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A Hero of Liége by Herbert Strang

In any case I don't want to get Max Finkelstein into a row


"Toujours

l'audace!" the stranger answered. "But my life isn't worth a moment's purchase. I owe you a few minutes; 'for this relief much thanks.' Leave me now, and make for your friends. They will look after you. I have none."

"Not a bit of it," replied Kenneth instantly. "We stick together. I know a quiet place where we can consult. Step out briskly, as if we have important business on hand."

"There's nothing hypothetical about that," murmured the other. "On, then!"

They hurried along the street, which was crowded with persons of all ages, some talking excitedly, others cheering and singing patriotic songs. Now and then there was a cry of "Down with England!" The two fugitives walked quickly, dodging among the crowd to avoid the wearers of military or police uniforms, their own uniforms clearing a way for them. As they passed a beershop, the outside tables of which were thronged, the drinkers cheered them and broke lustily into the song of Deutschland ueber Alles.

As soon as possible they turned into a side street, less populous; and Kenneth, who knew the city well, directed his course towards the river, to a little secluded nook, where he hoped it would be possible to hold a quiet consultation. In the hurry of escape and the anxious transit of the streets he had been unable to devote a moment's thought to their future action. It was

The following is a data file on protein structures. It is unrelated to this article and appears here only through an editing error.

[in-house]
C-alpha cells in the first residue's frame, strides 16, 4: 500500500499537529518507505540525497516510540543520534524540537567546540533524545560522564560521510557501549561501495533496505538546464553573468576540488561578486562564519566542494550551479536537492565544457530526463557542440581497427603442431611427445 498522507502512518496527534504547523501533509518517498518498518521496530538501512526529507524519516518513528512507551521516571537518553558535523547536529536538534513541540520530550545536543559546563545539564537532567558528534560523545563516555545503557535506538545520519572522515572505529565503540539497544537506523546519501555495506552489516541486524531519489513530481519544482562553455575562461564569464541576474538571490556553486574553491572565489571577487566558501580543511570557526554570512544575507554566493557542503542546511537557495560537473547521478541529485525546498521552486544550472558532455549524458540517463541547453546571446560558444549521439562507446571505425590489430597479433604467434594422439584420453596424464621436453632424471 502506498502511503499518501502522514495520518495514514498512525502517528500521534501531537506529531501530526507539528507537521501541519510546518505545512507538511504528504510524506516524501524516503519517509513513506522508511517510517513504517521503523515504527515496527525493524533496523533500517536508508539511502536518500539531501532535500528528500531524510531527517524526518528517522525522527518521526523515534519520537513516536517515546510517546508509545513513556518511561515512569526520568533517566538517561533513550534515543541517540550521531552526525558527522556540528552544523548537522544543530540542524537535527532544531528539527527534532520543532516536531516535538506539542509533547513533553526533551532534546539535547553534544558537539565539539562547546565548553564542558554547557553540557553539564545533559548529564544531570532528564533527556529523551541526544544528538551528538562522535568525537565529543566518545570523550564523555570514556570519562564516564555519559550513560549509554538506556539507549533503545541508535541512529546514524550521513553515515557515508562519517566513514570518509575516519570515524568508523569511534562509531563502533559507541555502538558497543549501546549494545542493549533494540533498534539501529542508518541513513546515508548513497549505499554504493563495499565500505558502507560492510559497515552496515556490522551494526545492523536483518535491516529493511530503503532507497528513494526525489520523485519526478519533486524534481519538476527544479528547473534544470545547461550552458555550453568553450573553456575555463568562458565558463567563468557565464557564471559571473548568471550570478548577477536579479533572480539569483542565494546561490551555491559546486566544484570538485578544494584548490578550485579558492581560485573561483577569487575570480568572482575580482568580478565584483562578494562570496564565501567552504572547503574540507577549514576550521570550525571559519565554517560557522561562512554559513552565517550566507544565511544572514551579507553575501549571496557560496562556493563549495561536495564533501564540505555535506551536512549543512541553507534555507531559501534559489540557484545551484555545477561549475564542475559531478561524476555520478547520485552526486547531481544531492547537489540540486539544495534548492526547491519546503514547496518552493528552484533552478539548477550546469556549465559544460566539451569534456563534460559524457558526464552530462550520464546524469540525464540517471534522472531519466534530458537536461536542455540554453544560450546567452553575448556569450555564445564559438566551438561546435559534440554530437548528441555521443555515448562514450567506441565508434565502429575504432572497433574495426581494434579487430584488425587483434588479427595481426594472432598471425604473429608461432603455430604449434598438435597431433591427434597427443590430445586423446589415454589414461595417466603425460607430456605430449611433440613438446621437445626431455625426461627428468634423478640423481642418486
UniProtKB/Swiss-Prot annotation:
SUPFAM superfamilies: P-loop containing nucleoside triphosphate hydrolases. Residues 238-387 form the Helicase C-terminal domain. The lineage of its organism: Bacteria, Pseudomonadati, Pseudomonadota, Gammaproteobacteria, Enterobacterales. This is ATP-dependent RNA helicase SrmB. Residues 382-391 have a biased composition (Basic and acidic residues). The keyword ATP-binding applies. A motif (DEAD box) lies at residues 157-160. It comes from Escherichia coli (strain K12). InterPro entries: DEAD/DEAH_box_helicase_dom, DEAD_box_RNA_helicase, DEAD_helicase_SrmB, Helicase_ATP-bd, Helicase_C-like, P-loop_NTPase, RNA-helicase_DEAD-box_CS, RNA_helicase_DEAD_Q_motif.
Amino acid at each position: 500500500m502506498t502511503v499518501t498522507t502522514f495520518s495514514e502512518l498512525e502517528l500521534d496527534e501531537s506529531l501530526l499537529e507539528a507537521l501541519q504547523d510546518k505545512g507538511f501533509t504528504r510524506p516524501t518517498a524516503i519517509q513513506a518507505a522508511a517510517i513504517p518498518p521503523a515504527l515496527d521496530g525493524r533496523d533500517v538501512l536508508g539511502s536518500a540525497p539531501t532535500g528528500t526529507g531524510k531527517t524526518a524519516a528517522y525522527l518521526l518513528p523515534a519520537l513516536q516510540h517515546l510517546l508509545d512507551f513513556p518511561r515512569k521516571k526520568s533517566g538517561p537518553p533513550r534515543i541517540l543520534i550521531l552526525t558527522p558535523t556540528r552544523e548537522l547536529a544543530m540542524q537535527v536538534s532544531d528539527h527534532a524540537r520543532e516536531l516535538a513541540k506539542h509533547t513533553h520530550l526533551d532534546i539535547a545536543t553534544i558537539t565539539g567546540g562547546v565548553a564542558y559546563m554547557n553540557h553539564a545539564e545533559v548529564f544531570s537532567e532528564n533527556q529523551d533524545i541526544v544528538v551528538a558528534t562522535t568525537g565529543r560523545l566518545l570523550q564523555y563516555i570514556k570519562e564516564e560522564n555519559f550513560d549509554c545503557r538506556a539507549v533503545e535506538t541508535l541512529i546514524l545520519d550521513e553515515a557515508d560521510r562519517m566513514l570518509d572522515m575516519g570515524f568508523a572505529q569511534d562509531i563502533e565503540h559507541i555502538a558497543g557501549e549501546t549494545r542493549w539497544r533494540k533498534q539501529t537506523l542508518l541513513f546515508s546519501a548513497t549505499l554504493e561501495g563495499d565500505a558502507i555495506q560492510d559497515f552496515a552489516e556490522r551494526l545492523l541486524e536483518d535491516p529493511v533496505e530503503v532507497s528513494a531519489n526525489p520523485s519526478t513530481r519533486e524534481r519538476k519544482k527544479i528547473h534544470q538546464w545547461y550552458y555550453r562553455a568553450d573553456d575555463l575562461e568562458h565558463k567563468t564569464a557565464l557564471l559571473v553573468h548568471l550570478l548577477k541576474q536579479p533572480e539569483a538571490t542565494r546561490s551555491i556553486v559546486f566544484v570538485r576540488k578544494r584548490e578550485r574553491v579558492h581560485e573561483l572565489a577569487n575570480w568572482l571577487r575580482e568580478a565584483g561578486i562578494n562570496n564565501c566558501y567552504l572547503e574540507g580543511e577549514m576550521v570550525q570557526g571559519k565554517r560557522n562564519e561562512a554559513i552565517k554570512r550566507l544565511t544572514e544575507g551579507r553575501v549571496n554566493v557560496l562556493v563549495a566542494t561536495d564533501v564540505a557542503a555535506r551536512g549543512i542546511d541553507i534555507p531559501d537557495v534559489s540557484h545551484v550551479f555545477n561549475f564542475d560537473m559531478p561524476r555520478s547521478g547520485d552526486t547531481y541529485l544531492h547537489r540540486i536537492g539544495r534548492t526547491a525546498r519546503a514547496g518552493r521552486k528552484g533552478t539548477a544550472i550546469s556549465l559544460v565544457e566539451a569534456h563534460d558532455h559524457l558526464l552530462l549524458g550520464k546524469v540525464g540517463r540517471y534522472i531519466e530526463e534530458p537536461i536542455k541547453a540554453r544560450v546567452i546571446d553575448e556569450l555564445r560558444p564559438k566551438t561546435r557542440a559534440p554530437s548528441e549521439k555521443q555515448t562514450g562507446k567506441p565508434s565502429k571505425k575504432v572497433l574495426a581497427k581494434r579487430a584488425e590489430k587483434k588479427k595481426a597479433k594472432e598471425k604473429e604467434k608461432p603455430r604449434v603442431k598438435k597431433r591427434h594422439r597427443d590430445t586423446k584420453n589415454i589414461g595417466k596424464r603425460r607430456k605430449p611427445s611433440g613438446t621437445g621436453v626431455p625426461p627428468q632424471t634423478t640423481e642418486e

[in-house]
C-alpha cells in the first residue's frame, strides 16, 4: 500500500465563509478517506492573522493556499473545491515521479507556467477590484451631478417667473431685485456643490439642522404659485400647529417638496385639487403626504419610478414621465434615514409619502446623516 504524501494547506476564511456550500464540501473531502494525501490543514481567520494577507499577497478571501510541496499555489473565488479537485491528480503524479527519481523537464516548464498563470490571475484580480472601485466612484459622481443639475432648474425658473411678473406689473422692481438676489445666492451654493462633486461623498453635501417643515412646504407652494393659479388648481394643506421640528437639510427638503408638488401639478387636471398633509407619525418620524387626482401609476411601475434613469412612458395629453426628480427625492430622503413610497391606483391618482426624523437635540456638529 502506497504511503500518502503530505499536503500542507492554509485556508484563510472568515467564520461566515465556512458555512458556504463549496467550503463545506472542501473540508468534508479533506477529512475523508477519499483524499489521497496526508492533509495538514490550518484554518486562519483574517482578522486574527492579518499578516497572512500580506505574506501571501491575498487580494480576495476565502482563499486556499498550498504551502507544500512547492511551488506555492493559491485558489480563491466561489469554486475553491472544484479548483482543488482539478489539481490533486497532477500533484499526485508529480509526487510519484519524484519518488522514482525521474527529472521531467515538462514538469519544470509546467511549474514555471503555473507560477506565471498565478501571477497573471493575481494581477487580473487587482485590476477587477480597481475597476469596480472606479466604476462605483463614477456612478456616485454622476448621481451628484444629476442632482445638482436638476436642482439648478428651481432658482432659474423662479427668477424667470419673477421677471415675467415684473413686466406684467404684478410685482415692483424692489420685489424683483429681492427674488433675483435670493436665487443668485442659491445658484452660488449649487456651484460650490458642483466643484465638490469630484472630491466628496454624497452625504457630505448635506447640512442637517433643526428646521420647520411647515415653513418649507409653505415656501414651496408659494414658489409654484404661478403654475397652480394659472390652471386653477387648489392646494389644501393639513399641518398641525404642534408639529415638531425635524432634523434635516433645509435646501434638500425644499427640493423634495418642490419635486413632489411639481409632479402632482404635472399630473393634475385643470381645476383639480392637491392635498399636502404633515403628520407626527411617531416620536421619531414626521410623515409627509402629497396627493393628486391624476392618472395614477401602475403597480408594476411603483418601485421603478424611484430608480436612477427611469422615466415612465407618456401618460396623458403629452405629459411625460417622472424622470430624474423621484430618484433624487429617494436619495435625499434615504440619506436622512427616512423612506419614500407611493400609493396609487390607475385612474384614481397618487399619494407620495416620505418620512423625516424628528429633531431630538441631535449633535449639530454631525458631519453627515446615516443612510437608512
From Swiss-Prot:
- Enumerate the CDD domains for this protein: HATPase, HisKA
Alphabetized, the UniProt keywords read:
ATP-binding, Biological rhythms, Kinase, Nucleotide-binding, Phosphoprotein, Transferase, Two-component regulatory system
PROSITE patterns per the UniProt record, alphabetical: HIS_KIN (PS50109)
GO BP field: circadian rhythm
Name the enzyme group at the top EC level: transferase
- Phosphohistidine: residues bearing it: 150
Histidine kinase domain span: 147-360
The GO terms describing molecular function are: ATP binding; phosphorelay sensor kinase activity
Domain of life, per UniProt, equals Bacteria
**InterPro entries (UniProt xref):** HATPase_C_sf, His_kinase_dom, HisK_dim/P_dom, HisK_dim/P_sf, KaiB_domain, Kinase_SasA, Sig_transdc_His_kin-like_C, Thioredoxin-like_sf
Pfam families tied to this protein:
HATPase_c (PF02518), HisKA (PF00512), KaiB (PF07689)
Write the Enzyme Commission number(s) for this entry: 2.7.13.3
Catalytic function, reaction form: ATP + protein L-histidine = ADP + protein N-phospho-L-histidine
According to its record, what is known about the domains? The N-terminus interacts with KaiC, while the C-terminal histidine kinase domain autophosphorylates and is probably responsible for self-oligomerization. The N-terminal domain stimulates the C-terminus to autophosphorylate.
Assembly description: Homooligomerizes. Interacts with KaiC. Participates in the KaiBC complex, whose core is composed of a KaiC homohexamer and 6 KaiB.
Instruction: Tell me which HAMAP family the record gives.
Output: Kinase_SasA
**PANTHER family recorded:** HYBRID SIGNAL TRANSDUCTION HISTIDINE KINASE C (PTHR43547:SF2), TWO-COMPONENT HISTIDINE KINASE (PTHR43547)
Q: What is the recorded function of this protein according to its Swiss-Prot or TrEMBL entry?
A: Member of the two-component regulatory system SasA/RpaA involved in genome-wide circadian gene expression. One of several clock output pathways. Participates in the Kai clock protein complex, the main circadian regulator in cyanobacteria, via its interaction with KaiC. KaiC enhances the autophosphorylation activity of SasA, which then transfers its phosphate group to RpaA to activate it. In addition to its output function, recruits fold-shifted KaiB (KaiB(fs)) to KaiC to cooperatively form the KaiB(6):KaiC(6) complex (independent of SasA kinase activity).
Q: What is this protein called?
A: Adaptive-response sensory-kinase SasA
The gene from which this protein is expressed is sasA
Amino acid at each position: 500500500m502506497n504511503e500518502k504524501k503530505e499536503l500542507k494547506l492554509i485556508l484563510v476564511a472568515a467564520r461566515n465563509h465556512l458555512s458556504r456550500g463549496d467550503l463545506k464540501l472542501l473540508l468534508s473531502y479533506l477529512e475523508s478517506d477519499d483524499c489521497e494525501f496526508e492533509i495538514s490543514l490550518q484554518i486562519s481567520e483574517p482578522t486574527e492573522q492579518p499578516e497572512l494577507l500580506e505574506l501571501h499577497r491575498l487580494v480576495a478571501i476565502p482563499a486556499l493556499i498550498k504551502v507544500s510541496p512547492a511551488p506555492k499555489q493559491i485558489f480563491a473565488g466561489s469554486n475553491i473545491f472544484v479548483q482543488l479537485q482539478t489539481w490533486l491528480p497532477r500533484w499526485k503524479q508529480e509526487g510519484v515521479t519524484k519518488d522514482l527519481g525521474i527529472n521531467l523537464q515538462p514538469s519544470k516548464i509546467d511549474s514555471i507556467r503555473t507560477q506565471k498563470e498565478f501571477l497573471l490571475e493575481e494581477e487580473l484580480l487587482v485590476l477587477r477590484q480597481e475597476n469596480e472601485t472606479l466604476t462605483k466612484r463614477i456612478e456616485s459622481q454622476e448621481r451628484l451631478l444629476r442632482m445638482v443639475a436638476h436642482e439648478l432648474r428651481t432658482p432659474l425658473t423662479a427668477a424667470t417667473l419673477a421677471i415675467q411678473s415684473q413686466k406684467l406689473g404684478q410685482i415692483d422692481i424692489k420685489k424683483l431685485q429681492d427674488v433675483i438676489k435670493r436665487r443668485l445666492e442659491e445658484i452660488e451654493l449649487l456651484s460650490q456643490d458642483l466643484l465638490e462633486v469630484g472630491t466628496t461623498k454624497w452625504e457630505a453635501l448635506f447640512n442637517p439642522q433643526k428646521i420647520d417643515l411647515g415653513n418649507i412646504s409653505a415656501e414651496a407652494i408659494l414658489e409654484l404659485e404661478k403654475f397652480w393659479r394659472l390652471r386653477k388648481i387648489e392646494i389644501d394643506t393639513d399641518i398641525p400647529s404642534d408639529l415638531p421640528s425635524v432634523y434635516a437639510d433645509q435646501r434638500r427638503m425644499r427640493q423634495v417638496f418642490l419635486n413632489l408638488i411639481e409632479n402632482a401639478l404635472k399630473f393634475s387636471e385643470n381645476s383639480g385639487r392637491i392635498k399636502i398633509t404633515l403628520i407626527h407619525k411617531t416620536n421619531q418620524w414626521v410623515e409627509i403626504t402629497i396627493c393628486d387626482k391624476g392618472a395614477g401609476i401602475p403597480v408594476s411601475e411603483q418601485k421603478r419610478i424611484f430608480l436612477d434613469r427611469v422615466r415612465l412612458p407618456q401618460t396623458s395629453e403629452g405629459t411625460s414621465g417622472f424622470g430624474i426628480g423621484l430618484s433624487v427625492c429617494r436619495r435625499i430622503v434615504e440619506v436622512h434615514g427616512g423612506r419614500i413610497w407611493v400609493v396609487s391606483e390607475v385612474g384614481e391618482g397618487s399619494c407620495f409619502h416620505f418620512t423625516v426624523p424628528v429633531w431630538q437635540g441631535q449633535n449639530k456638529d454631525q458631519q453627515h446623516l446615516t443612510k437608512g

clear that their safety hung by a thread; their only chance was to lay their plans calmly, taking due account of the present circumstances and future contingencies.

They reached their destination. There was nobody about.

"We may have a few minutes to ourselves," said Kenneth. He took out his watch. "It is nearly ten o'clock. My train has gone, so that's out of the question."

"You were leaving?"

"Yes; my friends thought I had better go; that was before war with England was certain. I suppose it is true?"

"The time limit has not expired, certainly; but there can't be any doubt about it. Germany can't afford to yield about Belgium, and we can't afford to let her have a walk over. We may be quite sure that no Englishman of fighting age will get away now without trouble. But your friends will protect you; again I say, don't consider me."

"That's all right. In any case I don't want to get Max Finkelstein into a row."

"Of Amory & Finkelstein?"

"Yes; I'm Kenneth Amory. Do you speak German, by the way?"

"Like a native. I was at school at Heidelberg."

"That's a help. But for the life of me I can't think of a way of getting out. When they discover our escape they'll watch the stations, the piers, and the roads. Our uniforms won't be a bit of use."

"Oh! for the wings of a dove!--or an eagle would be more to the purpose."

"By Jove! that gives me an idea. I've done some flying; I was going to try for a place in our Flying Corps. If we could only bag an aeroplane!"

"A sheer impossibility, I should say."

Kenneth stood silent in the attitude of one deep in thought. Every now and again his right eyelid twitched--a little involuntary mannerism which came into play at such times. His companion watched him curiously. At last a look of resolution chased the doubt from his face.

"It's the only way," he said; "we must have a try. There are plenty in Cologne. They've been using a new aviation ground lately; the regular aerodrome was too small for them. They don't fly at night. All the machines will be in their hangars. Of course they'll be under guard; but we might get hold of one by a trick. Give me another minute or two to think it out: I know the place well."


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